Although this invention works best with SSL mutual authentication, it may also be used with SSL single-end authentication or even if SSL authentication is not used at all. In these cases, the parties must select some other form of verification or authentication (e.g., usernames and passwords), which should occur immediately after each SSL session is established. This invention requires that the parties involved in electronic communications, for example, have somehow verified or authenticated their identities with each other, using SSL authentication, for example, or similar techniques well-known to those skilled in the art.

Other known encryption decryption methods will also occur to those skilled in the art, including those using symmetric, asymmetric, message digests (mathematical hashes), or other encryption schemes (including those using multiple-use or one-time use keys), for example.

Using the present invention, a tamper-resistant security document, such as an electronic document, known as a ticket, is created and approved by two consenting parties to allow a third party (or even more parties) to access private and confidential personal and financial data on the Internet (world- wide-web). The electronic ticket or other types of security documents can also have a limited lifetime, allowing the consenting parties to control the third party's duration of access.

Some of the exemplary features, objects or advantages of the present invention include:

(a) to provide an electronic document (ticket), for example, that proves that two or more parties consent to allow a third party (or more parties) secure verified access to confidential information;

(b) to create an electronic document (ticket), for example, that is very difficult (almost impossible) to forge;

(c) to create an electronic document (ticket), for example, that is very difficult (almost impossible) to modify without the creator's consent;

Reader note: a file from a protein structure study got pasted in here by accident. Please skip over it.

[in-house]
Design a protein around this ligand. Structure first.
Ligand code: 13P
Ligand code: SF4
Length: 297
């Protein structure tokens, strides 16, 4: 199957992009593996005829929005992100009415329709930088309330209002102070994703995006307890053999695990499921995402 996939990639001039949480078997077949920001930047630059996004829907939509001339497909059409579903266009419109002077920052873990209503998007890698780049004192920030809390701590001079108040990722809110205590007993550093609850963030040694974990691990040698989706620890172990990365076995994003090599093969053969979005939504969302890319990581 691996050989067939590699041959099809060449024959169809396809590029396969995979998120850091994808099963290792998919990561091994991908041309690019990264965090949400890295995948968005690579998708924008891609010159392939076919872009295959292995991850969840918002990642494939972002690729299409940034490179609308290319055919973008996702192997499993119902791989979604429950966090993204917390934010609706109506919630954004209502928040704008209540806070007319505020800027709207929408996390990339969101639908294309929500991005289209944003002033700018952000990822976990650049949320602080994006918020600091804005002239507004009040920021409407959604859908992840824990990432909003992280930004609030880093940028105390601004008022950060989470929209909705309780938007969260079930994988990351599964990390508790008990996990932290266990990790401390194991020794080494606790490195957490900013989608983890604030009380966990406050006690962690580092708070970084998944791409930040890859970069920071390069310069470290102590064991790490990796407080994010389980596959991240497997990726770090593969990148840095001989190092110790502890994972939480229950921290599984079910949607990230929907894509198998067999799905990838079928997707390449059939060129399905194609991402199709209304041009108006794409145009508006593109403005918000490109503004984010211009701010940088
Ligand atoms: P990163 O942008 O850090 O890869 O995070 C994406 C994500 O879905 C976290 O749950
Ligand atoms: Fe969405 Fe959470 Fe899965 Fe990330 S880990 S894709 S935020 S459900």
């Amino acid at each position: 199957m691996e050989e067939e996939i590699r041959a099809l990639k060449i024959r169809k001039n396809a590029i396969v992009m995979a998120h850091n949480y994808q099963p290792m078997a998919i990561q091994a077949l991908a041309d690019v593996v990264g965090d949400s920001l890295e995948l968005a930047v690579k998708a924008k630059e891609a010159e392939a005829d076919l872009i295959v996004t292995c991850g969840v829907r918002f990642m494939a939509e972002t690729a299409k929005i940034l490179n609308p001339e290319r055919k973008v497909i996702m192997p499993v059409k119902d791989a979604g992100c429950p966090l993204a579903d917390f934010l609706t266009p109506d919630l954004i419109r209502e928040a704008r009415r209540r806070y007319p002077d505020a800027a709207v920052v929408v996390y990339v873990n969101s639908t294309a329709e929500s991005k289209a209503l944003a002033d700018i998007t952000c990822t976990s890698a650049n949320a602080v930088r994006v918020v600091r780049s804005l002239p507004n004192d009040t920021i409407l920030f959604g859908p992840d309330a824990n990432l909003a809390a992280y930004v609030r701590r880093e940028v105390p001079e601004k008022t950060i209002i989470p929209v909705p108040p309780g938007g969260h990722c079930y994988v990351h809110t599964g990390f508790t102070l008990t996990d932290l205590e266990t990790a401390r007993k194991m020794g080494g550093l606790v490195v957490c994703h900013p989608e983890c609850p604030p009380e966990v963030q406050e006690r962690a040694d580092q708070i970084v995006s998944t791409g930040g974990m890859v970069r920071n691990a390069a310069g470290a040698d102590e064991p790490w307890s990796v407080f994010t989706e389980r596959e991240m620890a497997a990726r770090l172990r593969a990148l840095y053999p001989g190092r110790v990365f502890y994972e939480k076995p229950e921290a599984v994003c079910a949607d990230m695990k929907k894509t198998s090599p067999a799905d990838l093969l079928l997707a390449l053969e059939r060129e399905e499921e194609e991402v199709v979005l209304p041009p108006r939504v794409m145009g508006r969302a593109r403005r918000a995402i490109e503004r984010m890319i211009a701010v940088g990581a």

(d) to create an electronic document (ticket), for example, that is only useful to the intended parties - a stolen ticket can't be successfully used by a thief; (e) to create an electronic document (ticket), for example, that eliminates, or least substantially minimizes, damaging security consequences if it is lost or stolen;

(f) to create an electronic document (ticket), for example, that only needs to be stored by a single party;

(g) to create an electronic document (ticket), for example, with a limited lifetime — the ticket can't be used after it expires;

(h) to create an electronic document (ticket), for example, whose expiration date and time ("expiration time") is agreed upon by all parties;

(i) to create an electronic document (ticket), for example, that can be used by a third party an unlimited number of times (or alternately, if desired in particular situations, for a specified limited number of times) during the ticket's lifetime;

(j) to create an electronic document (ticket), for example, containing a serial number allowing the ticket's approval and usage to be monitored and recorded for auditing purposes;

(k) to create an electronic document (ticket), for example, that allows the consenting parties to insert optional information into the ticket for subsequent, future usage; and/or

(1) to create an electronic document (ticket), for example, that may be safely substituted in situations where a traditional password would normally be used.

Possible further objects and advantages are to provide an electronic document (ticket) that can be initiated by any of the three or more parties, that allows customers, for example, to use third party agents to access confidential financial and personal information in a safe and secure and verifiable manner without requiring customers to reveal confidential passwords, and that also utilizes existing Internet technologies. Other objects, advantages and features of the invention will readily occur to those skilled in the art from the following description and appended claims, taken in conjunction with the accompanying drawings. BRIEF DESCRIPTION OF THE DRAWINGS

Figures 1 A and IB are flow diagrams showing an exemplary relationship of the entities involved in exchange of confidential information in relation to the invention.

Figures 2A through 2F are flow diagrams showing an exemplary sequence of events performed in the context of the invention.

Figure 3 is an exemplary illustration of what a customer sees on a computer screen during the approval of an electronic ticket or other such security document according to the invention.

Figure 4 is a flow diagram showing an exemplary simplified flow of a ticket's request, approval and usage between three parties (in the illustrated example): an aggregator (the requestor), a commerce web site (the originator and first approver), and a customer (the final approver).

DETAILED DESCRIPTION OF PREFERRED EMBODIMENTS